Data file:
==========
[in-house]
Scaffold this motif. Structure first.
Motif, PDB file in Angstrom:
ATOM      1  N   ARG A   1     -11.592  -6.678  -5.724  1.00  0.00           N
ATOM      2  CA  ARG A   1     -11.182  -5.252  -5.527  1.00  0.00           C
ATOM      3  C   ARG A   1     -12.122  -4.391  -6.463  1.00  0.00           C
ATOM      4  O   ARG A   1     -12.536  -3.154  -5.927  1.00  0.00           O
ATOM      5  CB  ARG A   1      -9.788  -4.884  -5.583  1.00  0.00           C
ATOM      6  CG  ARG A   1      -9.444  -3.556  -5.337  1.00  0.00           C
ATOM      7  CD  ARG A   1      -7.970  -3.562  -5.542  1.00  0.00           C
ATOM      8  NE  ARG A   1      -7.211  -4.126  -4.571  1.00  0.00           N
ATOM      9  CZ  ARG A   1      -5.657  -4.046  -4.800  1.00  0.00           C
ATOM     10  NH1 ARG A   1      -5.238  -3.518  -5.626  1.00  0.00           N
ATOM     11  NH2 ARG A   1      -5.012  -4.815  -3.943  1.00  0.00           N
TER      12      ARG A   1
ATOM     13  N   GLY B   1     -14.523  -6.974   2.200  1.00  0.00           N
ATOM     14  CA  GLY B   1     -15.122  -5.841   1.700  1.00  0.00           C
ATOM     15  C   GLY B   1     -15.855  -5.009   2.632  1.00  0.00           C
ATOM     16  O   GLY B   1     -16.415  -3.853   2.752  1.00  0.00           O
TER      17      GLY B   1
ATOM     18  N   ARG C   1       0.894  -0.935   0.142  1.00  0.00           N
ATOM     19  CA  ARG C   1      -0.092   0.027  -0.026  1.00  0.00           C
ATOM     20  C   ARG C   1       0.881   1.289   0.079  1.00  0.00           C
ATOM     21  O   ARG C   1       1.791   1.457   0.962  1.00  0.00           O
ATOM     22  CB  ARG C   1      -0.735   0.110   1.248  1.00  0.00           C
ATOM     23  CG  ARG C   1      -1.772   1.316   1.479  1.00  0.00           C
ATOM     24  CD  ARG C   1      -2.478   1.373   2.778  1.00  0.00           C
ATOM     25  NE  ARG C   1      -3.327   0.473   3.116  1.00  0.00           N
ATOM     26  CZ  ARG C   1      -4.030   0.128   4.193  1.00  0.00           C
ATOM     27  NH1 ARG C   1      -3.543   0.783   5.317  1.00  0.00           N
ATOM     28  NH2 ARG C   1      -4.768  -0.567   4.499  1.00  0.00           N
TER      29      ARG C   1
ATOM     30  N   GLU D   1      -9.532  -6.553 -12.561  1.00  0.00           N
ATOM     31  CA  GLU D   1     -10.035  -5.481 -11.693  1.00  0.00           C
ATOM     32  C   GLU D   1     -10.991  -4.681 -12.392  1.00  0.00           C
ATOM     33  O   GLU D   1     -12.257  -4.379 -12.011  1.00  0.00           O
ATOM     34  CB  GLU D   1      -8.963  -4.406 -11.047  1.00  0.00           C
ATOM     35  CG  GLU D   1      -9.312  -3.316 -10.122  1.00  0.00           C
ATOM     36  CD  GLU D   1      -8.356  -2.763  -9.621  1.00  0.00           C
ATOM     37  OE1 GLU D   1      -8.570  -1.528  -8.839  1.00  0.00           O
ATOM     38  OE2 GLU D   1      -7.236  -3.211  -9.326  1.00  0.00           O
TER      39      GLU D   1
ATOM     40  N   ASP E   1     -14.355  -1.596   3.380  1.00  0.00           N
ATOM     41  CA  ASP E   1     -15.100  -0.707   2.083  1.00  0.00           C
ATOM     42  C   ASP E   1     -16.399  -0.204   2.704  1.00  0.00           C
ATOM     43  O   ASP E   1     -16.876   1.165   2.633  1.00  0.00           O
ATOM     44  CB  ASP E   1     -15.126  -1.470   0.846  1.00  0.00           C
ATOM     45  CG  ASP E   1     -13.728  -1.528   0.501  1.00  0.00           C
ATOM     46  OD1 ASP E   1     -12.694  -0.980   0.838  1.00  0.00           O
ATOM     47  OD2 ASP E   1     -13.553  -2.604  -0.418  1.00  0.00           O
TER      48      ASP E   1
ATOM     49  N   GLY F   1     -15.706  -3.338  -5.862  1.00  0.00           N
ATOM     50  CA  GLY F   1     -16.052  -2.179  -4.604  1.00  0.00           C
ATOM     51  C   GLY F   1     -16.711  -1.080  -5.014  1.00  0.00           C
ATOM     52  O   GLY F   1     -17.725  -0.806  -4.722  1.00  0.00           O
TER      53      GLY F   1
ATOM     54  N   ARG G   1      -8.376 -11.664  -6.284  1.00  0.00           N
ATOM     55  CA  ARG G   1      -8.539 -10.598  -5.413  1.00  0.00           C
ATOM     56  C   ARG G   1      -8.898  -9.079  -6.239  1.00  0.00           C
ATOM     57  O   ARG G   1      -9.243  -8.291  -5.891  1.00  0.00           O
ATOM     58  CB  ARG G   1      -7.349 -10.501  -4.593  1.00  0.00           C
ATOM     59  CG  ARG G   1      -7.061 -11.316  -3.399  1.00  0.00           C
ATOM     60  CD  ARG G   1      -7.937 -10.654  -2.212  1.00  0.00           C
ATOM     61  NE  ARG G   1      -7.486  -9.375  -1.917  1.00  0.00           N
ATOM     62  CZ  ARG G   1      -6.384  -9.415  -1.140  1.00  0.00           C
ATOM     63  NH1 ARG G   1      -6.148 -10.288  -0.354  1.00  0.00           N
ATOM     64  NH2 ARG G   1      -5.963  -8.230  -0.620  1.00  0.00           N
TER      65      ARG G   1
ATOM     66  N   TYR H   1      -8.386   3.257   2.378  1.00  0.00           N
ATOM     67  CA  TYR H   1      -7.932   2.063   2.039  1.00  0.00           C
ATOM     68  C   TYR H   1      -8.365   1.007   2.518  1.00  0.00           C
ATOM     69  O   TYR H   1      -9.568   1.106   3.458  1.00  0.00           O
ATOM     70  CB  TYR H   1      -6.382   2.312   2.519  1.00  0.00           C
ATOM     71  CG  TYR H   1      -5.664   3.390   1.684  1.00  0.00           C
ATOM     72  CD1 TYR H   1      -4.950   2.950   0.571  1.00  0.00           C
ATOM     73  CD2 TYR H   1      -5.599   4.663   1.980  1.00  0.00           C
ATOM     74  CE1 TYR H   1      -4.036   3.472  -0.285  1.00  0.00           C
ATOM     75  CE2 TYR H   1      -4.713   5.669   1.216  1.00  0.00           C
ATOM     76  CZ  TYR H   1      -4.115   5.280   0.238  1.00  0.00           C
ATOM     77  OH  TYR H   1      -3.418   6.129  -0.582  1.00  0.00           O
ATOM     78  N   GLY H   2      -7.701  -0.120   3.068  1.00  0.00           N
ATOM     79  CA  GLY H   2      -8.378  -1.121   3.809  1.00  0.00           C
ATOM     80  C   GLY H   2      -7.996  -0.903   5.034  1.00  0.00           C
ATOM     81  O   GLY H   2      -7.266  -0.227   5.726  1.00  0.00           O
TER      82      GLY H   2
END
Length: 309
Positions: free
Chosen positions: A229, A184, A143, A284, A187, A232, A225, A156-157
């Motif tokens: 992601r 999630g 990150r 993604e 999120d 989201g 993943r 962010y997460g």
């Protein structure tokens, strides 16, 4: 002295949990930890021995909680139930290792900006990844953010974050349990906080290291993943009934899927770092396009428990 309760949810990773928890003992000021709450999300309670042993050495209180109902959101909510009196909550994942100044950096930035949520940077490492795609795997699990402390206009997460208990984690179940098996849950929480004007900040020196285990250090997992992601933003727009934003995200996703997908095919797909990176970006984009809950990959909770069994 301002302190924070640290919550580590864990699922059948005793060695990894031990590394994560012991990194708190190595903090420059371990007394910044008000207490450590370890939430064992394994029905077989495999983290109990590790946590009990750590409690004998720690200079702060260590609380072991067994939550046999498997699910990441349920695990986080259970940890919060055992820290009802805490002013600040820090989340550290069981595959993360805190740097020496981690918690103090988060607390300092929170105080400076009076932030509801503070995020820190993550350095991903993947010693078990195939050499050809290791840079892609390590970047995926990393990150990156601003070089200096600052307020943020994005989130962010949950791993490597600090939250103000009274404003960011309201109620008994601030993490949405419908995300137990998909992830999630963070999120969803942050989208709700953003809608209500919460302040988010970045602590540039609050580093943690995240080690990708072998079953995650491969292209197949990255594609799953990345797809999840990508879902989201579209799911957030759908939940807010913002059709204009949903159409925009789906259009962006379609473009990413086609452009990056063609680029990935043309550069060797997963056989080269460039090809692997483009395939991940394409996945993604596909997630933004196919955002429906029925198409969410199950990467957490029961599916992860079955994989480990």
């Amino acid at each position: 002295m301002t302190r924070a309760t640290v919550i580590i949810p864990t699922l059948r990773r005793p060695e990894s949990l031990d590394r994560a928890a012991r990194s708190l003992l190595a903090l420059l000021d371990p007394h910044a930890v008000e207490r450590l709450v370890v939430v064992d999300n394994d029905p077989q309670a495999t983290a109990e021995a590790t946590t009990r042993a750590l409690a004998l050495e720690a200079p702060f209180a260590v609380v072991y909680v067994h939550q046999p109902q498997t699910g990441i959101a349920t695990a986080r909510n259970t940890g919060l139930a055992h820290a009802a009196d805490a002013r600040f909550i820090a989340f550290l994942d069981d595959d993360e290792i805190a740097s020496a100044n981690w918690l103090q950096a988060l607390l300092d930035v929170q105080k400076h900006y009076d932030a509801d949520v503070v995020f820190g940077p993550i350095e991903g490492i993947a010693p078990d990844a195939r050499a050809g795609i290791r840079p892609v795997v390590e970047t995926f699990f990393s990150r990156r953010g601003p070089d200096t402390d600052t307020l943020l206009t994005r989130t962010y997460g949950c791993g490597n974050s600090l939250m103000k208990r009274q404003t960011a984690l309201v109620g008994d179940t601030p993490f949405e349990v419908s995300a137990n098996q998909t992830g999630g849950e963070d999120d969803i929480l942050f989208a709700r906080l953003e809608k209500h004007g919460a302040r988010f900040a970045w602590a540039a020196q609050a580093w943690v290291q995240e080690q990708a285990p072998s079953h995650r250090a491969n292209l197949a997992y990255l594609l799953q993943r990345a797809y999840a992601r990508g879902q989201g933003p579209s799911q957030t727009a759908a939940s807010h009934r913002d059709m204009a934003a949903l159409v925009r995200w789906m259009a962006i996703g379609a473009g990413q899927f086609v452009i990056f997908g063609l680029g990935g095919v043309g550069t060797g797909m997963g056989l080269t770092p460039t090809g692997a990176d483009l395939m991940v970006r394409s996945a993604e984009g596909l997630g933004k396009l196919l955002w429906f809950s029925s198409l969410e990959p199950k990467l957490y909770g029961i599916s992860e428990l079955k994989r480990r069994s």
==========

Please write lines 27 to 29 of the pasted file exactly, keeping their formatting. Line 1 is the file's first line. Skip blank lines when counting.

ATOM     24  CD  ARG C   1      -2.478   1.373   2.778  1.00  0.00           C
ATOM     25  NE  ARG C   1      -3.327   0.473   3.116  1.00  0.00           N
ATOM     26  CZ  ARG C   1      -4.030   0.128   4.193  1.00  0.00           C